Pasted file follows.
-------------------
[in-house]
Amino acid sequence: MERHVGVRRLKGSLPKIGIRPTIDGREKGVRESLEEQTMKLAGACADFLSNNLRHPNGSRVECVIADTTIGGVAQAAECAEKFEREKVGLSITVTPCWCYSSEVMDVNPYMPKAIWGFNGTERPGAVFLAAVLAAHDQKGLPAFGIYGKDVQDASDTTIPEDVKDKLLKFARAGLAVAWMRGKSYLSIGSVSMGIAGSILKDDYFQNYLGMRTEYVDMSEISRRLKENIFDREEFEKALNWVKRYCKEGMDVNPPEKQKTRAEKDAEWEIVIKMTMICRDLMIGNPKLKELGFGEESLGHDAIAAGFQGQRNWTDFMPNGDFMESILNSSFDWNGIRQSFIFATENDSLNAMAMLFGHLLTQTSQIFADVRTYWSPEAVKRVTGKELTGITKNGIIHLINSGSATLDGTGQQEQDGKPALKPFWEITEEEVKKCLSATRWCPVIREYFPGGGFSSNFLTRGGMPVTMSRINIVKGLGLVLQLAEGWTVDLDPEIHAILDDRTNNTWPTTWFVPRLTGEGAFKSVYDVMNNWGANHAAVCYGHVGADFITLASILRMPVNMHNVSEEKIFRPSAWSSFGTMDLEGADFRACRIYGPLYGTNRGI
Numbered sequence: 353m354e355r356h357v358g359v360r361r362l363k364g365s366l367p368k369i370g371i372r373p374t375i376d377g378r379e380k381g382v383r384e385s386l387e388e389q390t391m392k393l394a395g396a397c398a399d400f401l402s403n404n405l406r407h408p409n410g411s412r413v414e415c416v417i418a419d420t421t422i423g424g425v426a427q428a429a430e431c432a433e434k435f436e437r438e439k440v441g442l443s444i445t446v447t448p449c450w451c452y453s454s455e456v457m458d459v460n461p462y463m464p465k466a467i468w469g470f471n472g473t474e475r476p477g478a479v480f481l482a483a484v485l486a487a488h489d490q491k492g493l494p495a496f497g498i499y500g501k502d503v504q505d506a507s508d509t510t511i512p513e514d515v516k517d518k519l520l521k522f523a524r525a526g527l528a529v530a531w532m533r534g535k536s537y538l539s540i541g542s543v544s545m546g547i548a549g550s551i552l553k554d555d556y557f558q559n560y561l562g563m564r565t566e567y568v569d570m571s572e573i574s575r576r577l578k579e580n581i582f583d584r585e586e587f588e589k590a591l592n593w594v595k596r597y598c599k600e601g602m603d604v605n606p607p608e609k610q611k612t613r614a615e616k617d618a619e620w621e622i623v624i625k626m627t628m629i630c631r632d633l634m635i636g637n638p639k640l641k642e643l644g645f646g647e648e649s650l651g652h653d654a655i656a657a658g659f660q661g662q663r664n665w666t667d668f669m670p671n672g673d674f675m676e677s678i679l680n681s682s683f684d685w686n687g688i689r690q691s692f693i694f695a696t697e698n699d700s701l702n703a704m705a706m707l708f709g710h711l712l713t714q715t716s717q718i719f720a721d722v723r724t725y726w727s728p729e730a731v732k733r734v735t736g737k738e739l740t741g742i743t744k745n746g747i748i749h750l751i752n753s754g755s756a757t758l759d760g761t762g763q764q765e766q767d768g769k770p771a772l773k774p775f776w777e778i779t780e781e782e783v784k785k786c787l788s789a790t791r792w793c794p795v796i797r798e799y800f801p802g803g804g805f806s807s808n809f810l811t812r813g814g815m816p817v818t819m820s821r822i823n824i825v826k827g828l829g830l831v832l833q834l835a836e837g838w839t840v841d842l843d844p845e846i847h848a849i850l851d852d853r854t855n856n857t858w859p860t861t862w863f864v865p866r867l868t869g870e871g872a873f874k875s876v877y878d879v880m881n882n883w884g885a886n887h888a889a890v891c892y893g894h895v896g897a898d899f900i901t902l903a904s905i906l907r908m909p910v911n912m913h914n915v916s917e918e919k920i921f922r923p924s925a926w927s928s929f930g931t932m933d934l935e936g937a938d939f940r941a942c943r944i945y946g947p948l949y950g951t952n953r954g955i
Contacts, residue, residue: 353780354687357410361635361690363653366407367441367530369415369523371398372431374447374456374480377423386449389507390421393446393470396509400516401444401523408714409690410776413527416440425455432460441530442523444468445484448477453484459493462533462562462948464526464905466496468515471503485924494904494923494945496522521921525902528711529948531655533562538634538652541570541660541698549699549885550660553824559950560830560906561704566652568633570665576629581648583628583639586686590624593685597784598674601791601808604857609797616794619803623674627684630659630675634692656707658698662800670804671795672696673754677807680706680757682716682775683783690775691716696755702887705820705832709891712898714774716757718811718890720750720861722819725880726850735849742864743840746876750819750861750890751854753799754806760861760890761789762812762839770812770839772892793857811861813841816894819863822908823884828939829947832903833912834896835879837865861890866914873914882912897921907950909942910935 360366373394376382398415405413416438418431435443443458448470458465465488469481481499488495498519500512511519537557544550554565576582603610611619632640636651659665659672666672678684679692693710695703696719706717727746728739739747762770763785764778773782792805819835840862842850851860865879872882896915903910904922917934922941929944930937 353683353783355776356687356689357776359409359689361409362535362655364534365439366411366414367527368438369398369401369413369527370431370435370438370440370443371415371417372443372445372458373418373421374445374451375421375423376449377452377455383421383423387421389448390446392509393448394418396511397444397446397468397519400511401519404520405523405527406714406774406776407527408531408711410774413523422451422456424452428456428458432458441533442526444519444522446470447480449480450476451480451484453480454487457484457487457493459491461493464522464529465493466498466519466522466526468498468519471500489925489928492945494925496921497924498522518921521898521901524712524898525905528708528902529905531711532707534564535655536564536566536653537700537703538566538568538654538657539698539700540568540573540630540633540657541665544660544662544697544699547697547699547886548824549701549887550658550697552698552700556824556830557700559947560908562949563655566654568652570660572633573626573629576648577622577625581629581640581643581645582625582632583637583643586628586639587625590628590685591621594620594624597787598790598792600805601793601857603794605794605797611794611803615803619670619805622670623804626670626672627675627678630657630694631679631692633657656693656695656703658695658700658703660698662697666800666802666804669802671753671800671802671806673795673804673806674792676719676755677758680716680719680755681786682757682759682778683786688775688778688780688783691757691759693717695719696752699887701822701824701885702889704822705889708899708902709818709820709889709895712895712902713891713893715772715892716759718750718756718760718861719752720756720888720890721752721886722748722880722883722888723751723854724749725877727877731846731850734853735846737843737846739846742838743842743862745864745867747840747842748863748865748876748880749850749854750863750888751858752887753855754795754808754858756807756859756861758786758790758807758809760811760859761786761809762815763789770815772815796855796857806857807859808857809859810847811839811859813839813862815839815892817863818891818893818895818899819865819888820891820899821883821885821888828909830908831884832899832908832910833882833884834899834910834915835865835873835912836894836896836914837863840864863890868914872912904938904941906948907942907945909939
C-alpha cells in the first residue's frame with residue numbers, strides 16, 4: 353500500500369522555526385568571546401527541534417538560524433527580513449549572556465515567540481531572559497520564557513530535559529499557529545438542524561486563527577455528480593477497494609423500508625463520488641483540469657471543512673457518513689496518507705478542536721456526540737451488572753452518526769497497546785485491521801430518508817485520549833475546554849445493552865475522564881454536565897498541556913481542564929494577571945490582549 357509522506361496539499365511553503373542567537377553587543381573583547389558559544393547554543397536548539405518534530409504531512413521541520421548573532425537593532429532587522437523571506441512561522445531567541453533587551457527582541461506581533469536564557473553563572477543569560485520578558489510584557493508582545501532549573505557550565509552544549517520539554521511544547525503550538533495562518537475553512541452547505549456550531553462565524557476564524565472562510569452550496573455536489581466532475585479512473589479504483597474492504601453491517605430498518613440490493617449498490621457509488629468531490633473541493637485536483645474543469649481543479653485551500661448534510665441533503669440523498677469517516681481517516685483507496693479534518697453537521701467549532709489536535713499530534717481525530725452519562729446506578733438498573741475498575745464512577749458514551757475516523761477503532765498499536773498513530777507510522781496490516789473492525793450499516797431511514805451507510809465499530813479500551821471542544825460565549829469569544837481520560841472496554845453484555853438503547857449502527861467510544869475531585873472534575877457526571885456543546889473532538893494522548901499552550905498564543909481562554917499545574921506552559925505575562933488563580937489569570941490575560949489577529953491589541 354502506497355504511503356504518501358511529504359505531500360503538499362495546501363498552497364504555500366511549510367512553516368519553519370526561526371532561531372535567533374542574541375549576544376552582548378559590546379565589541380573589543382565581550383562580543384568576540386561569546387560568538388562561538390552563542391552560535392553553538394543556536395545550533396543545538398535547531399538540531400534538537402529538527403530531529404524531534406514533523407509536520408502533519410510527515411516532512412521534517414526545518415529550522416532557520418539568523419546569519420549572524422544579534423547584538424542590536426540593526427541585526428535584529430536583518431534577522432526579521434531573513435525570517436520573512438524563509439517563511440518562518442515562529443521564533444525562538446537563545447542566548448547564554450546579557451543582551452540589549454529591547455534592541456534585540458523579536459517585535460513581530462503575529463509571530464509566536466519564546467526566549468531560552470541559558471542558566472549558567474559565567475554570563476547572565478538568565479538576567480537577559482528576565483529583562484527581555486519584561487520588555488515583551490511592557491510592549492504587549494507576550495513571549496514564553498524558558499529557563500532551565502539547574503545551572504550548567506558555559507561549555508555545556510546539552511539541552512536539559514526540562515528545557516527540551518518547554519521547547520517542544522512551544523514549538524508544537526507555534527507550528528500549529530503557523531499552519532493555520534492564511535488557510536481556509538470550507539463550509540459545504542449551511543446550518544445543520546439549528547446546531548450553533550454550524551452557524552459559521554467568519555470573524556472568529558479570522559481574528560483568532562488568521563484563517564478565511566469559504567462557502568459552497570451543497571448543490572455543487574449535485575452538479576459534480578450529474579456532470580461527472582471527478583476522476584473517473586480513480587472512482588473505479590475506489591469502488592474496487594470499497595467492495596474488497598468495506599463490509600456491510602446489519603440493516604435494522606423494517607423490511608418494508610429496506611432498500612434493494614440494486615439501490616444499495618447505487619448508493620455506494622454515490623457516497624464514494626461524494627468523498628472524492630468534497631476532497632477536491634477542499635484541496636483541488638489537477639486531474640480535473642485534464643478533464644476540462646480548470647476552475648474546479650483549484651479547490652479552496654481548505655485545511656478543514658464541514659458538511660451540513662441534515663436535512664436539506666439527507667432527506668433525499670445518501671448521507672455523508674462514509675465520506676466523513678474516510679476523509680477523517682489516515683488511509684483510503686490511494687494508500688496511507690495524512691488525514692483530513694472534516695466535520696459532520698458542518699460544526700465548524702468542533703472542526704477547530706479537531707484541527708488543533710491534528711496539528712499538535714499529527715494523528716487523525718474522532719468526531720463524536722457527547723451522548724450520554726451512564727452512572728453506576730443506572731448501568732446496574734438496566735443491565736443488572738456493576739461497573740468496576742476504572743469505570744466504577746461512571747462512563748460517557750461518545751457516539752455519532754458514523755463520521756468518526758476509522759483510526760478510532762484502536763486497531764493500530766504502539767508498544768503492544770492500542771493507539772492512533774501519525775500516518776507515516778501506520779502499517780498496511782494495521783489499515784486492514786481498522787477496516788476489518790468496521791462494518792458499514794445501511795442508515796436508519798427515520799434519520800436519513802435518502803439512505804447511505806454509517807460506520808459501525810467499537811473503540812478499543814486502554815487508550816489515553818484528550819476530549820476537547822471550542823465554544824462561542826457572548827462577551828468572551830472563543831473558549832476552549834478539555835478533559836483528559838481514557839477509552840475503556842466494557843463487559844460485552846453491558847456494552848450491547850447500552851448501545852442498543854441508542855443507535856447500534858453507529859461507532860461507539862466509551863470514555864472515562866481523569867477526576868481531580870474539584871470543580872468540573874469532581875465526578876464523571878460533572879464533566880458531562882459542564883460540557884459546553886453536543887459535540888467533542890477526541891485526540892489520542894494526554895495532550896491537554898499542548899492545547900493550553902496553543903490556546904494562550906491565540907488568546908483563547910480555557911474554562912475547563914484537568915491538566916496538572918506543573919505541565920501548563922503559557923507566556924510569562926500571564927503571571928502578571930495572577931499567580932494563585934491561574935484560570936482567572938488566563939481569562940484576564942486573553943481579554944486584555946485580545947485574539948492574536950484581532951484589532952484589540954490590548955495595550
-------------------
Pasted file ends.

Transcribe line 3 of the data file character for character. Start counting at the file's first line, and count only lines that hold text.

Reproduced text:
Numbered sequence: 353m354e355r356h357v358g359v360r361r362l363k364g365s366l367p368k369i370g371i372r373p374t375i376d377g378r379e380k381g382v383r384e385s386l387e388e389q390t391m392k393l394a395g396a397c398a399d400f401l402s403n404n405l406r407h408p409n410g411s412r413v414e415c416v417i418a419d420t421t422i423g424g425v426a427q428a429a430e431c432a433e434k435f436e437r438e439k440v441g442l443s444i445t446v447t448p449c450w451c452y453s454s455e456v457m458d459v460n461p462y463m464p465k466a467i468w469g470f471n472g473t474e475r476p477g478a479v480f481l482a483a484v485l486a487a488h489d490q491k492g493l494p495a496f497g498i499y500g501k502d503v504q505d506a507s508d509t510t511i512p513e514d515v516k517d518k519l520l521k522f523a524r525a526g527l528a529v530a531w532m533r534g535k536s537y538l539s540i541g542s543v544s545m546g547i548a549g550s551i552l553k554d555d556y557f558q559n560y561l562g563m564r565t566e567y568v569d570m571s572e573i574s575r576r577l578k579e580n581i582f583d584r585e586e587f588e589k590a591l592n593w594v595k596r597y598c599k600e601g602m603d604v605n606p607p608e609k610q611k612t613r614a615e616k617d618a619e620w621e622i623v624i625k626m627t628m629i630c631r632d633l634m635i636g637n638p639k640l641k642e643l644g645f646g647e648e649s650l651g652h653d654a655i656a657a658g659f660q661g662q663r664n665w666t667d668f669m670p671n672g673d674f675m676e677s678i679l680n681s682s683f684d685w686n687g688i689r690q691s692f693i694f695a696t697e698n699d700s701l702n703a704m705a706m707l708f709g710h711l712l713t714q715t716s717q718i719f720a721d722v723r724t725y726w727s728p729e730a731v732k733r734v735t736g737k738e739l740t741g742i743t744k745n746g747i748i749h750l751i752n753s754g755s756a757t758l759d760g761t762g763q764q765e766q767d768g769k770p771a772l773k774p775f776w777e778i779t780e781e782e783v784k785k786c787l788s789a790t791r792w793c794p795v796i797r798e799y800f801p802g803g804g805f806s807s808n809f810l811t812r813g814g815m816p817v818t819m820s821r822i823n824i825v826k827g828l829g830l831v832l833q834l835a836e837g838w839t840v841d842l843d844p845e846i847h848a849i850l851d852d853r854t855n856n857t858w859p860t861t862w863f864v865p866r867l868t869g870e871g872a873f874k875s876v877y878d879v880m881n882n883w884g885a886n887h888a889a890v891c892y893g894h895v896g897a898d899f900i901t902l903a904s905i906l907r908m909p910v911n912m913h914n915v916s917e918e919k920i921f922r923p924s925a926w927s928s929f930g931t932m933d934l935e936g937a938d939f940r941a942c943r944i945y946g947p948l949y950g951t952n953r954g955i